The European Network and Information Security Agency (ENISA) organised a simulated distributed denial-of-service (DDoS) attack yesterday afternoon involving more than 300 European cyber security professionals.
As part of the Cyber Europe 2012 exercise, organised by the Member States of the European Union and the European Free Trade Association (EFTA) countries, the attack was designed to stress test capabilities and identify gaps and challenges on how large-scale cyber incidents could be handled more effectively in Europe.
It was also designed to test the effectiveness and scalability of existing mechanisms, procedures and information flow for public authorities' cooperation in Europe and explore the cooperation between public and private stakeholders in Europe.
The exercise was observed by four countries and 25 countries actively participated in the simulated ‘attack' on online services in all participating countries.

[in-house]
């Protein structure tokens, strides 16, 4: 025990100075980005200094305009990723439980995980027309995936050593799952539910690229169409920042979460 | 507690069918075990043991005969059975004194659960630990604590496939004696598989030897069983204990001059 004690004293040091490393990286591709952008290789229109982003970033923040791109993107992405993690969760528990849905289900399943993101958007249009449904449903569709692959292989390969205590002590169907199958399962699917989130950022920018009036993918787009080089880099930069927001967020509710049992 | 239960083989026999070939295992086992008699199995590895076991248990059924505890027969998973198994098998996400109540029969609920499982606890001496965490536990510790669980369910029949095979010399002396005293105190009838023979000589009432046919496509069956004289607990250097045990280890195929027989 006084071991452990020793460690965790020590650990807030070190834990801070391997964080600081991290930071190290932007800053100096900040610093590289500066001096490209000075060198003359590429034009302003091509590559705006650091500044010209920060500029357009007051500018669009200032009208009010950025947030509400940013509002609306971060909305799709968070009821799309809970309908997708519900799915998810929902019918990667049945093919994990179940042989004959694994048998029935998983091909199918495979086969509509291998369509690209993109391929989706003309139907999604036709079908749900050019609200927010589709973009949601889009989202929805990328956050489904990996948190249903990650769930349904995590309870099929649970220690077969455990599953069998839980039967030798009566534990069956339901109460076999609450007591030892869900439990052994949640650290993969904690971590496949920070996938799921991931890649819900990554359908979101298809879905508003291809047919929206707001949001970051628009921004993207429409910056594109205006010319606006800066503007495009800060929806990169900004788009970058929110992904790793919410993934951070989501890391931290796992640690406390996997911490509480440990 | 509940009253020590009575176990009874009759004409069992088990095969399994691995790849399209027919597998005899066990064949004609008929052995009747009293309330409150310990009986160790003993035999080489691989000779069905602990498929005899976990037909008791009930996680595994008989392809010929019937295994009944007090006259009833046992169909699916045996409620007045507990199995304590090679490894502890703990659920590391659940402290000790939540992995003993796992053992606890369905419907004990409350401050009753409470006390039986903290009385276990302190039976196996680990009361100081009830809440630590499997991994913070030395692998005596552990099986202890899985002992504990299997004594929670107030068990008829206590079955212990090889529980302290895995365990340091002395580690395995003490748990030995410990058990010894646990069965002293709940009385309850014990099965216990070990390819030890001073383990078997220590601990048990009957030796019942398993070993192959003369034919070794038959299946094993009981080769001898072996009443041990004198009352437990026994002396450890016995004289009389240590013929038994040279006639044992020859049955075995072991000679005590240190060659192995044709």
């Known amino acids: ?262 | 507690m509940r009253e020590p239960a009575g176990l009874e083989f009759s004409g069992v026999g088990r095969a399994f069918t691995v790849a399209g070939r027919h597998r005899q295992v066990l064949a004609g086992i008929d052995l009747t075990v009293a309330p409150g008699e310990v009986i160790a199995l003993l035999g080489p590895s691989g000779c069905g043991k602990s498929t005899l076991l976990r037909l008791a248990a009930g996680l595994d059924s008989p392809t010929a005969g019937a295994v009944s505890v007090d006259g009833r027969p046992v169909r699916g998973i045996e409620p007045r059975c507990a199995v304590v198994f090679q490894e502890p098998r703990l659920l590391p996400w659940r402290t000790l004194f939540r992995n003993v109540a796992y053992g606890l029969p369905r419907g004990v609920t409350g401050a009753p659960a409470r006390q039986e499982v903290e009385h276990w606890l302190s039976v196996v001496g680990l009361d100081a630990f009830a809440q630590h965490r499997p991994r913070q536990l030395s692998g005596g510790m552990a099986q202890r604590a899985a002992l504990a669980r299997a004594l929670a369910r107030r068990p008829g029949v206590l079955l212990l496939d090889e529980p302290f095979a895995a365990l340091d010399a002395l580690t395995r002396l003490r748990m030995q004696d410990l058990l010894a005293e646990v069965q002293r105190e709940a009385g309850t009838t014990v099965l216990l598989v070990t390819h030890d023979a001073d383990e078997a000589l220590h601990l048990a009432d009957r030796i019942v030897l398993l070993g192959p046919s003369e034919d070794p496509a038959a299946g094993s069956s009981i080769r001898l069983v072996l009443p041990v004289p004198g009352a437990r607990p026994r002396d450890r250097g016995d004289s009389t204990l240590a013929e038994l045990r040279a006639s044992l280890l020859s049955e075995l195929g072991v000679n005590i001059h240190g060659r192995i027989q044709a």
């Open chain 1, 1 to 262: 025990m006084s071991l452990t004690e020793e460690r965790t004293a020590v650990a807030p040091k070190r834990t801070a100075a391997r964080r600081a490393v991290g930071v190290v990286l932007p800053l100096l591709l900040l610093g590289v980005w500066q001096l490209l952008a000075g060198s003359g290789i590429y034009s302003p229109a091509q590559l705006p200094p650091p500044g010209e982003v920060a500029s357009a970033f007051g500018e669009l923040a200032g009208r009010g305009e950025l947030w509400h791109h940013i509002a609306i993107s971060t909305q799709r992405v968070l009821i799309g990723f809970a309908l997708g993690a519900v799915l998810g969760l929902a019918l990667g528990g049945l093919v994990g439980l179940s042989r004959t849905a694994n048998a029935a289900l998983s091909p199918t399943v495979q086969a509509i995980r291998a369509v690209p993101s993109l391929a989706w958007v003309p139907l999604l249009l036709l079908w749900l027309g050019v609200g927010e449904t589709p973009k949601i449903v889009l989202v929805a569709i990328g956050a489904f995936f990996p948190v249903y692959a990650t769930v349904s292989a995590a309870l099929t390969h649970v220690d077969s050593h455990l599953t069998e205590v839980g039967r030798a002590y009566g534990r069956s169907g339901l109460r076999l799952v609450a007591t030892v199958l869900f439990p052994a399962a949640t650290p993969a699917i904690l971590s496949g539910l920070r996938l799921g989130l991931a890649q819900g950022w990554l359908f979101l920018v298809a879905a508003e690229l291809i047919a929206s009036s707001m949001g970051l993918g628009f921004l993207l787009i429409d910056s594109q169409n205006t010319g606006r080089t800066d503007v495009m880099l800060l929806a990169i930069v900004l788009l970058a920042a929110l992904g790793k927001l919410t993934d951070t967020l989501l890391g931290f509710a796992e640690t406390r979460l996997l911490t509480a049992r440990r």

Paul Lawrence, VP of international operations at Corero Network Security, told SC Magazine that he did not yet have data or reports from Thursday afternoon's experiment, but said it was a chance to see "where the holes were".
He said: “This was a collective effort with members of the organisations working with a friendly botnet to strike the services of members and point them in the right direction. It was much more controlled than a standard attack as you can see where the traffic is coming from and see the levels of vulnerability.”
He pointed at the attack on Russia Today in August, which he said showed that it did not have the right level of protection to deal with a DDoS attack, and it most likely had a standard security architecture.
“They likely had a firewall and intrusion prevention system, but that is not enough to mitigate against a DDoS attack. This would have given organisations the ability to protect themselves and understand where the weaknesses are,” he said.
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